LOUISVILLE, Ky. — The percentage of college-educated, working-aged adults in Louisville is at its highest point ever, with 45.5% holding an associate’s degree or higher, according to the Census Bureau’s American Community Survey released this week.
“In this period of low unemployment when employers are struggling to find skilled workers, this is great news for our city,” said Mary Gwen Wheeler, executive director of 55,000 Degrees, the city’s multi-sector initiative to increase postsecondary education attainment levels to 50% by 2020.
55,000 Degrees began in 2010 as a 10-year initiative to increase the skill and education levels of the working-age population to remain competitive in talent with Louisville’s peer cities. Among the 16 cities that Louisville usually compares itself to, Louisville has moved up one place to 10th on the list, ahead of Birmingham, Alabama.
Among other highlights in the report:
- Louisville is 2.5% above the national average of 43% attainment in postsecondary education
- Attainment is 7.5% higher than when the 55,000 Degrees initiative started in 2010
- Increases were seen at all levels of postsecondary education – associate, bachelor’s and graduate degrees
- A decrease was seen in the number of adults with only a high school diploma/GED or less, as well as adults with some college but no degree
Wheeler said one driver of the gain in overall degrees could be an increase in graduation rates at local postsecondary institutions. Data tracked by 55,000 Degrees shows an increase in degrees awarded at universities and community colleges in Greater Louisville, despite declining enrollment.
“The gains in attainment show significant progress and momentum that partners can build on to bring lasting change to Louisville,” Wheeler said. “What this collective effort of 55K has taught us over the last decade is that we can move the needle if all sectors of a community align their goals and work together. We, as a community, should be encouraged by this progress, but also resolute. Our work is not done. Uniting around the goal has gotten us this far; transformative change will require us to align not just our priorities but our resources as well.”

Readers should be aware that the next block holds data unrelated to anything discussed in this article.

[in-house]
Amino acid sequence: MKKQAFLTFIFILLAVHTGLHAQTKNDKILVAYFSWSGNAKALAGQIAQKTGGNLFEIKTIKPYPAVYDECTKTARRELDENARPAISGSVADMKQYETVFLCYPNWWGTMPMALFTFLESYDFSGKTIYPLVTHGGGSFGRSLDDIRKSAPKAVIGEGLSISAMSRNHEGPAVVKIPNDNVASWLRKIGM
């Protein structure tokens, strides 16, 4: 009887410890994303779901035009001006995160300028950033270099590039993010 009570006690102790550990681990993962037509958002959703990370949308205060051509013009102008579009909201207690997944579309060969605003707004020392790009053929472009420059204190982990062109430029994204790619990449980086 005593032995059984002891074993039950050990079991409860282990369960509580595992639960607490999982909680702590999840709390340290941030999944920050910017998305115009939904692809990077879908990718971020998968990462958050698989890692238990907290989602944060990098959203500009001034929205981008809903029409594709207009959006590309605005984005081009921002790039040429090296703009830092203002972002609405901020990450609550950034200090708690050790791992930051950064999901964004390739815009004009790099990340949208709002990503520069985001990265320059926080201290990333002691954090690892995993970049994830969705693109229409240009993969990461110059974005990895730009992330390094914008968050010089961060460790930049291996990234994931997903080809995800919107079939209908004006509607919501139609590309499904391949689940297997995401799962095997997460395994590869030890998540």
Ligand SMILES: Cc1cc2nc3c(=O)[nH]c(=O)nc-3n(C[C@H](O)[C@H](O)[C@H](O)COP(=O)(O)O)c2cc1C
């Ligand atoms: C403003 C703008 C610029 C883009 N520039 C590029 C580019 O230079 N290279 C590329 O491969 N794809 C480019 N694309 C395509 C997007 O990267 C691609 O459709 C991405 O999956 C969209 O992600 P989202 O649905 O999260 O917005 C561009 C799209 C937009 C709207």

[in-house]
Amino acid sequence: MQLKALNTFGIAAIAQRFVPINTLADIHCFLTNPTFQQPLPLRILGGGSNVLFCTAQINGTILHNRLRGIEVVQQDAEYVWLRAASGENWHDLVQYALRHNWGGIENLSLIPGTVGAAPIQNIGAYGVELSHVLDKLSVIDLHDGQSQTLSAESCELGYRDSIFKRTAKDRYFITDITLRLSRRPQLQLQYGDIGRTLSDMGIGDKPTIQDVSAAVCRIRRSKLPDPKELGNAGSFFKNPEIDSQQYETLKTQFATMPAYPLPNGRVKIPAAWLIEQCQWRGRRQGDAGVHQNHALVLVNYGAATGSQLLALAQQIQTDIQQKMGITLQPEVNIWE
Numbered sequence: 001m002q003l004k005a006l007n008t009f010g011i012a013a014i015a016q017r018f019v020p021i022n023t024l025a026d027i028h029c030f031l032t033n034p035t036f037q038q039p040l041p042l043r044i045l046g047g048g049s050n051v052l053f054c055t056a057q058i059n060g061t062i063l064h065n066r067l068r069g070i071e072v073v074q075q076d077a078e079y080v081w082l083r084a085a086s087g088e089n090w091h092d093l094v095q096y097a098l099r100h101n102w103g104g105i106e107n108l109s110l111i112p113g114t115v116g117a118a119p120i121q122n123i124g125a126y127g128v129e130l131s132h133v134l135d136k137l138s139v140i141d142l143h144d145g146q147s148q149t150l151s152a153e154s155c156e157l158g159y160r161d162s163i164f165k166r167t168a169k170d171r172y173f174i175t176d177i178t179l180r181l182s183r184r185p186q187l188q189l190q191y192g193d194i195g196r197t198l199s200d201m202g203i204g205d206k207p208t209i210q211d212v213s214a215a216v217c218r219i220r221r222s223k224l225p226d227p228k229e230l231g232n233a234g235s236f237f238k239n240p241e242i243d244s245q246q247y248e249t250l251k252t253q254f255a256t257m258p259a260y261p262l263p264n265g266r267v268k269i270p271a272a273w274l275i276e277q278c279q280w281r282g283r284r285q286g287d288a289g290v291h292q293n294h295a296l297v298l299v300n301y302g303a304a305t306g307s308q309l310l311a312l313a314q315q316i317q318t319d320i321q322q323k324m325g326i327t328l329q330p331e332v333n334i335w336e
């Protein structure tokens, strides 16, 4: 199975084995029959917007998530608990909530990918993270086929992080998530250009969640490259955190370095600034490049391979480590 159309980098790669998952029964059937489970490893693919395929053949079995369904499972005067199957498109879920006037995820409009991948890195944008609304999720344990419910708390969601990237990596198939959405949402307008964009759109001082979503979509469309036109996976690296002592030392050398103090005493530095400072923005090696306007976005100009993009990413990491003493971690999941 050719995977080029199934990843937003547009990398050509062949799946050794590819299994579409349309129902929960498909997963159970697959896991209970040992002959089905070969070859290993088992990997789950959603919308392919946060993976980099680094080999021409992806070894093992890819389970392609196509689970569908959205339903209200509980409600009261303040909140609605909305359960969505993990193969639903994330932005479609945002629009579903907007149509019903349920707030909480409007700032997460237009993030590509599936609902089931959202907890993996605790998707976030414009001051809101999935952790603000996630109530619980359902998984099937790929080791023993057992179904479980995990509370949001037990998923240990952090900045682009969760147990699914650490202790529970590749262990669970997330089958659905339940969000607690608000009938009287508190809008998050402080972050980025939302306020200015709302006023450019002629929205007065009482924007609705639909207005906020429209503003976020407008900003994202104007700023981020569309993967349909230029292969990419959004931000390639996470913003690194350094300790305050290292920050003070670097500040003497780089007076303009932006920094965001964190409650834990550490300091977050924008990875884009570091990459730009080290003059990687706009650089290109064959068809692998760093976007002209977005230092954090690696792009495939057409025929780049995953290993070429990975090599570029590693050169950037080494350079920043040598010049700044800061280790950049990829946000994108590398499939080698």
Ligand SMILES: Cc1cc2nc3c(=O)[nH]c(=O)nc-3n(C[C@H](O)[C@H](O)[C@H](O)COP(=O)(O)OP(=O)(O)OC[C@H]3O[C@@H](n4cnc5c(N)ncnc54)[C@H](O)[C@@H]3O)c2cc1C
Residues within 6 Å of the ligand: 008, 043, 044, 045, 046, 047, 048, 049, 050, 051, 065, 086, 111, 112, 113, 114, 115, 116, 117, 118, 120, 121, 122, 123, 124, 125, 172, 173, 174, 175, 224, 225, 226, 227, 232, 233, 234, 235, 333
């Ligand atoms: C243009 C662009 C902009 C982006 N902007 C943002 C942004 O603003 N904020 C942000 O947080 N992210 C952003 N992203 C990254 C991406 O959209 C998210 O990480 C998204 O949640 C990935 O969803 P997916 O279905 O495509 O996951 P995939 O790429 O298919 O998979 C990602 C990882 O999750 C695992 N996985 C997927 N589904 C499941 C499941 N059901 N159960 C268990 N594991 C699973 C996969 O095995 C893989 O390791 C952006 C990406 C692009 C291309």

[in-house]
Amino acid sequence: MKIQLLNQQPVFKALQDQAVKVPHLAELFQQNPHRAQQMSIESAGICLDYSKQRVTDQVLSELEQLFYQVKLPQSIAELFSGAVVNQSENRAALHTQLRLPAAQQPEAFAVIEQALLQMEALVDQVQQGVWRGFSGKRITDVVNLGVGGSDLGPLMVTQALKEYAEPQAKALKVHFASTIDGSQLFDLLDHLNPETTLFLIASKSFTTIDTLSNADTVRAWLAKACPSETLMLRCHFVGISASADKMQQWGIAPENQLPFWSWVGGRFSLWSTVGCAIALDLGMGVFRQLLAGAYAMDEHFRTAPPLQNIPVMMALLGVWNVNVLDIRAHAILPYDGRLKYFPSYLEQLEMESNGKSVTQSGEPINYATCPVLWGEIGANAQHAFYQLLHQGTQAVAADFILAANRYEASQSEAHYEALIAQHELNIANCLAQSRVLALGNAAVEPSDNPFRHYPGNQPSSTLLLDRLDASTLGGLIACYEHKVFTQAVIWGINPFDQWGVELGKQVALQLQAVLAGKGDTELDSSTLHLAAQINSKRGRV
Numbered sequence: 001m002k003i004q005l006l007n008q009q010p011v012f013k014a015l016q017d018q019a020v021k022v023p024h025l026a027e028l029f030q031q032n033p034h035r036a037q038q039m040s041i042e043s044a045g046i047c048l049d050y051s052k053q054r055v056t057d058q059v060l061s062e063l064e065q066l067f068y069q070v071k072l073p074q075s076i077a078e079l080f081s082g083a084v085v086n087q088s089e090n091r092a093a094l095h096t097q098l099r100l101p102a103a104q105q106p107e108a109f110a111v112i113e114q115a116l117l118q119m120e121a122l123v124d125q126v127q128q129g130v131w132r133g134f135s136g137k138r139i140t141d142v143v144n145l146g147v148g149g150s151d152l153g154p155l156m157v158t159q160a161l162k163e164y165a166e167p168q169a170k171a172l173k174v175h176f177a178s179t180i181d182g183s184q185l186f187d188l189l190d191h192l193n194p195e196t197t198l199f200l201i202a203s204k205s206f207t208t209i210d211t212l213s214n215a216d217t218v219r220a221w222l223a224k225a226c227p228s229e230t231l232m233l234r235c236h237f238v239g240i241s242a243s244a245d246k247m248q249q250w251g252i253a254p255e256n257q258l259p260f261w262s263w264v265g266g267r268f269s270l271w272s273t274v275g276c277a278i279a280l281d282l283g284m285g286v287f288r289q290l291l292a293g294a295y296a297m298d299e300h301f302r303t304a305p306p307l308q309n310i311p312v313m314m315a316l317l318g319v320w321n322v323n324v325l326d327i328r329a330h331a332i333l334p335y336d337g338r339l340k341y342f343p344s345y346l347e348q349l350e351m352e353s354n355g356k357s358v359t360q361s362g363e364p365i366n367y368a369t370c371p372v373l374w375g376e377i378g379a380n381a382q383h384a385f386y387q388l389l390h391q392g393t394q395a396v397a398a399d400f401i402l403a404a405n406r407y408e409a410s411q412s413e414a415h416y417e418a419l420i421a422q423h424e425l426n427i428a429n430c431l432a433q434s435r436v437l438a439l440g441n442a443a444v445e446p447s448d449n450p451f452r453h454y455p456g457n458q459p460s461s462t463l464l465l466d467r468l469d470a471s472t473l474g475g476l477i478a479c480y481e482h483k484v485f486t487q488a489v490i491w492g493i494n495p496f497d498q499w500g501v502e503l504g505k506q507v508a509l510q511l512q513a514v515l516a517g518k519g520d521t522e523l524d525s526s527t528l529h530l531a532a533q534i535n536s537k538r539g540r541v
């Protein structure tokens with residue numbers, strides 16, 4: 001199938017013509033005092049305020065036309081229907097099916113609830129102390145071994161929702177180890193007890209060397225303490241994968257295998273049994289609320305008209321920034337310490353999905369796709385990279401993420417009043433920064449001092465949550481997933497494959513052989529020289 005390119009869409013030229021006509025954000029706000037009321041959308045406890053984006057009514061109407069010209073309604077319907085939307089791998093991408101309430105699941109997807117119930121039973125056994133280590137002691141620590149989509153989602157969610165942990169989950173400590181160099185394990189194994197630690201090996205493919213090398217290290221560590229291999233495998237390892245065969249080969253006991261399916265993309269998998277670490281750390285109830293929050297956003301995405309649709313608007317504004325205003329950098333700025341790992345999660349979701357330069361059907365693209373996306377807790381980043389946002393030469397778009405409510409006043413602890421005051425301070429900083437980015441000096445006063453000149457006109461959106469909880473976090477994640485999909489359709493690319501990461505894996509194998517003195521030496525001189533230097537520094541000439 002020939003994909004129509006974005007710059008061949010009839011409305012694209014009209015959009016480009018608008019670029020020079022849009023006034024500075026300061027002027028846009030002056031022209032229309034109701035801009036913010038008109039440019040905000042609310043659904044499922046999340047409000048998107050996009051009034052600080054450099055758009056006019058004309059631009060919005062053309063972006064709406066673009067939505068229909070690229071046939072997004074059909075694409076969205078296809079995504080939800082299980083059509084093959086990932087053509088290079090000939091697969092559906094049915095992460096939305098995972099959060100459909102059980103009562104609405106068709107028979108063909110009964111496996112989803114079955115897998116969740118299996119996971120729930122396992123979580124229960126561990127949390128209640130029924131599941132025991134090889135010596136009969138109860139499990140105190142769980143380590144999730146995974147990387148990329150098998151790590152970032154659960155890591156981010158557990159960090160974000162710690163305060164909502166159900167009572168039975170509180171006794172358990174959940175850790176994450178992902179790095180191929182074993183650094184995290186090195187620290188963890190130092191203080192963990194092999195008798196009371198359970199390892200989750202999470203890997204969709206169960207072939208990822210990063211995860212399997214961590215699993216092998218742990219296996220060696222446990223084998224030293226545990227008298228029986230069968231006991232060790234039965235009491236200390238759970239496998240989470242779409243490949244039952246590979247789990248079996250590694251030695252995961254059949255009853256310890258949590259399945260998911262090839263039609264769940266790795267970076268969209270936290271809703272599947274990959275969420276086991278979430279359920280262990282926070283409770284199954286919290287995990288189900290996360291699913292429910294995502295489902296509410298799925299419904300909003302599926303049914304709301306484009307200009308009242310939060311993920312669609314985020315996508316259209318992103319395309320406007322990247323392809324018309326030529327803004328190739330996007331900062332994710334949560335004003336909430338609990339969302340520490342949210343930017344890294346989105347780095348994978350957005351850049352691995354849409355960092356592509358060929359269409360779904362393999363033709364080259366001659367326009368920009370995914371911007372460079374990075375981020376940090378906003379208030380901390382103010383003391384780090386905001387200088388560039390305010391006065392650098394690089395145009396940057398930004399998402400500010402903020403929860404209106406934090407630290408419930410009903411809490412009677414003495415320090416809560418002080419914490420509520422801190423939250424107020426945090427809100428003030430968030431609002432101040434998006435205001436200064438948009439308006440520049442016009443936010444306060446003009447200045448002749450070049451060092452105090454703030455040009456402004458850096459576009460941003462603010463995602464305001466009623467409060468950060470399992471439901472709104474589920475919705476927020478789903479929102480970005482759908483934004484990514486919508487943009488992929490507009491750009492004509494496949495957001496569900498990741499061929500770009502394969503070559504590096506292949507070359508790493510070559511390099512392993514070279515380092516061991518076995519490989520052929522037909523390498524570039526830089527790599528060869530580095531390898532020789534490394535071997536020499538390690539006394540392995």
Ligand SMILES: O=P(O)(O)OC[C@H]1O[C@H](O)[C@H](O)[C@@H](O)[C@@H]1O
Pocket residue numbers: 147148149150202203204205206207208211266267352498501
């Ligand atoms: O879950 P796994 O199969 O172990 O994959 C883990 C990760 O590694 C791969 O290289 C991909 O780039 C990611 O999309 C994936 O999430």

Education attainment is a key measure of whether cities have the skilled workforce needed for a 21st Century economy. It is also one of four key indicators of a community’s success, as identified by the Greater Louisville Project, which tracks data to drive positive change in the city.
“As our 15-year Milestone report illustrated earlier this year, Louisville has made progress across many measures but hasn’t reached our highest aspirations on any of them,” said Ben Reno-Weber, director of the Greater Louisville Project. “But this latest data is cause for celebration, showing our greatest gain over peer cities is in education, with efforts led by the collaboration of 55,000 Degrees.”
When taking office in 2011, Mayor Greg Fischer listed lifelong learning among three core city values, and education has been a focus for the Mayor, who chairs the 55,000 Degrees Board of Directors. This is a part of a broader effort championed by the Fischer to support children and families through the Cradle to Career framework, and now Evolve502.
“This is good progress,” Mayor Fischer said of the latest uptick in educational attainment. “But we still have significant work to do, and we need to keep our foot on the gas. We have to continue investing, collaborating and building partnerships, which is the basis for Evolve502, as we marshal the investment necessary to remove barriers to the education credentials that we know are life-changing for individuals, families, neighborhoods and our entire city.”
As it heads into its last year, 55K will continue to report on progress to the 2020 goal, as Evolve502 develops strategies to close achievement and opportunity gaps and tackle the college affordability crisis.
“We must continue to invest in the future of our citizens, and Evolve502 is committed to moving this work forward,” said Marland Cole, executive director of Evolve502. “We are convening the community to identify solutions to remove barriers to achievement while also providing the access and support needed for postsecondary success. Together, we will ensure that every child is prepared for college, career, and a successful, productive life.”